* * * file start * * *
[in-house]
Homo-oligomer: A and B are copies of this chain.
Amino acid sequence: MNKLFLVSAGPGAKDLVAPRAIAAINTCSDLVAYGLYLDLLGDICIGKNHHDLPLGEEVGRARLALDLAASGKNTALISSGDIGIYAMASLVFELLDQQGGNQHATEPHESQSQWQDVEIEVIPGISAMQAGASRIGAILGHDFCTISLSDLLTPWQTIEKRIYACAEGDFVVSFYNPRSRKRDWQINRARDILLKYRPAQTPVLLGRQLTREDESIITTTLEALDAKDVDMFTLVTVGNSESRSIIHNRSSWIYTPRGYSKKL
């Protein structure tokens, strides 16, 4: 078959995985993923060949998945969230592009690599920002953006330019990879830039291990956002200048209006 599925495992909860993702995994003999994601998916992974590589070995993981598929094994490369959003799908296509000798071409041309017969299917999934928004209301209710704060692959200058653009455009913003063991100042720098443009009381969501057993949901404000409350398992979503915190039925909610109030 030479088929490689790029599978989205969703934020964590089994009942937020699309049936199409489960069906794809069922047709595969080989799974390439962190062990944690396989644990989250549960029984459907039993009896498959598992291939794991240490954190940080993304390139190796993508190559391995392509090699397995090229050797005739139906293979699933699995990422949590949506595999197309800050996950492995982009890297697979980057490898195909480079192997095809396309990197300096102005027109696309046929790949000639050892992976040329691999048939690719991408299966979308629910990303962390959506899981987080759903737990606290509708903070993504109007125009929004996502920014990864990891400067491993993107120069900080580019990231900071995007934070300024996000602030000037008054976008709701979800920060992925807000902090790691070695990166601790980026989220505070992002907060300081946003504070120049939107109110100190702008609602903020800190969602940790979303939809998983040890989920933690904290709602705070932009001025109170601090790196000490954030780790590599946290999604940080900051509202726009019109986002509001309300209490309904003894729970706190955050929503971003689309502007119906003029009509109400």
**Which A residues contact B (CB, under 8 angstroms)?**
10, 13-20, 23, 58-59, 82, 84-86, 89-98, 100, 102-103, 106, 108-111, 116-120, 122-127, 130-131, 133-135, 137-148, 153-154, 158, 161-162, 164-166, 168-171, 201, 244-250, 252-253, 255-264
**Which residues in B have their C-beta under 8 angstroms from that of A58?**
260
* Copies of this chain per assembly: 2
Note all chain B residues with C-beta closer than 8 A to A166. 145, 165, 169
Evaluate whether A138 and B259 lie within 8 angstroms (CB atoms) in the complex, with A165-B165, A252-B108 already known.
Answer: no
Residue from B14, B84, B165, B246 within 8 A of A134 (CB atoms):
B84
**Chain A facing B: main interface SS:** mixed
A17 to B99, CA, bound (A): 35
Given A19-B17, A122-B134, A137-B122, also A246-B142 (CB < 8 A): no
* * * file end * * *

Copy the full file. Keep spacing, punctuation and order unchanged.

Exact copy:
[in-house]
Homo-oligomer: A and B are copies of this chain.
Amino acid sequence: MNKLFLVSAGPGAKDLVAPRAIAAINTCSDLVAYGLYLDLLGDICIGKNHHDLPLGEEVGRARLALDLAASGKNTALISSGDIGIYAMASLVFELLDQQGGNQHATEPHESQSQWQDVEIEVIPGISAMQAGASRIGAILGHDFCTISLSDLLTPWQTIEKRIYACAEGDFVVSFYNPRSRKRDWQINRARDILLKYRPAQTPVLLGRQLTREDESIITTTLEALDAKDVDMFTLVTVGNSESRSIIHNRSSWIYTPRGYSKKL
């Protein structure tokens, strides 16, 4: 078959995985993923060949998945969230592009690599920002953006330019990879830039291990956002200048209006 599925495992909860993702995994003999994601998916992974590589070995993981598929094994490369959003799908296509000798071409041309017969299917999934928004209301209710704060692959200058653009455009913003063991100042720098443009009381969501057993949901404000409350398992979503915190039925909610109030 030479088929490689790029599978989205969703934020964590089994009942937020699309049936199409489960069906794809069922047709595969080989799974390439962190062990944690396989644990989250549960029984459907039993009896498959598992291939794991240490954190940080993304390139190796993508190559391995392509090699397995090229050797005739139906293979699933699995990422949590949506595999197309800050996950492995982009890297697979980057490898195909480079192997095809396309990197300096102005027109696309046929790949000639050892992976040329691999048939690719991408299966979308629910990303962390959506899981987080759903737990606290509708903070993504109007125009929004996502920014990864990891400067491993993107120069900080580019990231900071995007934070300024996000602030000037008054976008709701979800920060992925807000902090790691070695990166601790980026989220505070992002907060300081946003504070120049939107109110100190702008609602903020800190969602940790979303939809998983040890989920933690904290709602705070932009001025109170601090790196000490954030780790590599946290999604940080900051509202726009019109986002509001309300209490309904003894729970706190955050929503971003689309502007119906003029009509109400």
**Which A residues contact B (CB, under 8 angstroms)?**
10, 13-20, 23, 58-59, 82, 84-86, 89-98, 100, 102-103, 106, 108-111, 116-120, 122-127, 130-131, 133-135, 137-148, 153-154, 158, 161-162, 164-166, 168-171, 201, 244-250, 252-253, 255-264
**Which residues in B have their C-beta under 8 angstroms from that of A58?**
260
* Copies of this chain per assembly: 2
Note all chain B residues with C-beta closer than 8 A to A166. 145, 165, 169
Evaluate whether A138 and B259 lie within 8 angstroms (CB atoms) in the complex, with A165-B165, A252-B108 already known.
Answer: no
Residue from B14, B84, B165, B246 within 8 A of A134 (CB atoms):
B84
**Chain A facing B: main interface SS:** mixed
A17 to B99, CA, bound (A): 35
Given A19-B17, A122-B134, A137-B122, also A246-B142 (CB < 8 A): no